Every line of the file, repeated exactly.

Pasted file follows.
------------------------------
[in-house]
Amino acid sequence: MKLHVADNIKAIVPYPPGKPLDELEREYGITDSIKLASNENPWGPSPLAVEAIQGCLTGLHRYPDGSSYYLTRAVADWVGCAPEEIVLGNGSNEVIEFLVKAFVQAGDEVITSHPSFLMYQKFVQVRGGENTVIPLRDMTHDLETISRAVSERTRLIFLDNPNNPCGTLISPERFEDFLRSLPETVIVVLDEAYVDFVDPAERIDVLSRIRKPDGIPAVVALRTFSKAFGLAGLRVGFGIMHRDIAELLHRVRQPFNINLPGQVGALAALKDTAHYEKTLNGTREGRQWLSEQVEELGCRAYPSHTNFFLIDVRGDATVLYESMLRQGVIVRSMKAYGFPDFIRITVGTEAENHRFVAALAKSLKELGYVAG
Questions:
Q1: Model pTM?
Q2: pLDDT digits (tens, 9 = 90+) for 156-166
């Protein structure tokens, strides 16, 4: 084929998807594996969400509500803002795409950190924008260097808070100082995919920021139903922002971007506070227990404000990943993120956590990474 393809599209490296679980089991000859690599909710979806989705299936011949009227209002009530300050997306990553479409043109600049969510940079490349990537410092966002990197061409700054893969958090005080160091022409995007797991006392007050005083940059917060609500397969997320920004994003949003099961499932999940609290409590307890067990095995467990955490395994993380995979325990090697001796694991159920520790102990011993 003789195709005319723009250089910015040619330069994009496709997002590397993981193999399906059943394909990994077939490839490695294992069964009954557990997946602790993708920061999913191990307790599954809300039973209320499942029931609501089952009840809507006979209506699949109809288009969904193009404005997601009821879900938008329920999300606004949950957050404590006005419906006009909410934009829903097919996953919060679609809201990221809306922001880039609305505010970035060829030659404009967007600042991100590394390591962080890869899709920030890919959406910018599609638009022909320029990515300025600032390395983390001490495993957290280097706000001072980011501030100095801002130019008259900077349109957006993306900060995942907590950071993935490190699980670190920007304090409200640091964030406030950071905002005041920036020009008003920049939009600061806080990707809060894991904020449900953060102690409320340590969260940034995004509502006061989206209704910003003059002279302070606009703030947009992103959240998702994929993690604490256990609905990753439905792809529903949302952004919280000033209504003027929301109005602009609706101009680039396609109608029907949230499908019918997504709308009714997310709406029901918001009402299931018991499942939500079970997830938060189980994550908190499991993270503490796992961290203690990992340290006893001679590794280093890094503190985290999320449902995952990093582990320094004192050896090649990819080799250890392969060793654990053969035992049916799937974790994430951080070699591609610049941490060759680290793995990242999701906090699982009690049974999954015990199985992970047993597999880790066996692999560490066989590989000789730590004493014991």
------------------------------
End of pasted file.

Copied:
[in-house]
Amino acid sequence: MKLHVADNIKAIVPYPPGKPLDELEREYGITDSIKLASNENPWGPSPLAVEAIQGCLTGLHRYPDGSSYYLTRAVADWVGCAPEEIVLGNGSNEVIEFLVKAFVQAGDEVITSHPSFLMYQKFVQVRGGENTVIPLRDMTHDLETISRAVSERTRLIFLDNPNNPCGTLISPERFEDFLRSLPETVIVVLDEAYVDFVDPAERIDVLSRIRKPDGIPAVVALRTFSKAFGLAGLRVGFGIMHRDIAELLHRVRQPFNINLPGQVGALAALKDTAHYEKTLNGTREGRQWLSEQVEELGCRAYPSHTNFFLIDVRGDATVLYESMLRQGVIVRSMKAYGFPDFIRITVGTEAENHRFVAALAKSLKELGYVAG
Questions:
Q1: Model pTM?
Q2: pLDDT digits (tens, 9 = 90+) for 156-166
């Protein structure tokens, strides 16, 4: 084929998807594996969400509500803002795409950190924008260097808070100082995919920021139903922002971007506070227990404000990943993120956590990474 393809599209490296679980089991000859690599909710979806989705299936011949009227209002009530300050997306990553479409043109600049969510940079490349990537410092966002990197061409700054893969958090005080160091022409995007797991006392007050005083940059917060609500397969997320920004994003949003099961499932999940609290409590307890067990095995467990955490395994993380995979325990090697001796694991159920520790102990011993 003789195709005319723009250089910015040619330069994009496709997002590397993981193999399906059943394909990994077939490839490695294992069964009954557990997946602790993708920061999913191990307790599954809300039973209320499942029931609501089952009840809507006979209506699949109809288009969904193009404005997601009821879900938008329920999300606004949950957050404590006005419906006009909410934009829903097919996953919060679609809201990221809306922001880039609305505010970035060829030659404009967007600042991100590394390591962080890869899709920030890919959406910018599609638009022909320029990515300025600032390395983390001490495993957290280097706000001072980011501030100095801002130019008259900077349109957006993306900060995942907590950071993935490190699980670190920007304090409200640091964030406030950071905002005041920036020009008003920049939009600061806080990707809060894991904020449900953060102690409320340590969260940034995004509502006061989206209704910003003059002279302070606009703030947009992103959240998702994929993690604490256990609905990753439905792809529903949302952004919280000033209504003027929301109005602009609706101009680039396609109608029907949230499908019918997504709308009714997310709406029901918001009402299931018991499942939500079970997830938060189980994550908190499991993270503490796992961290203690990992340290006893001679590794280093890094503190985290999320449902995952990093582990320094004192050896090649990819080799250890392969060793654990053969035992049916799937974790994430951080070699591609610049941490060759680290793995990242999701906090699982009690049974999954015990199985992970047993597999880790066996692999560490066989590989000789730590004493014991």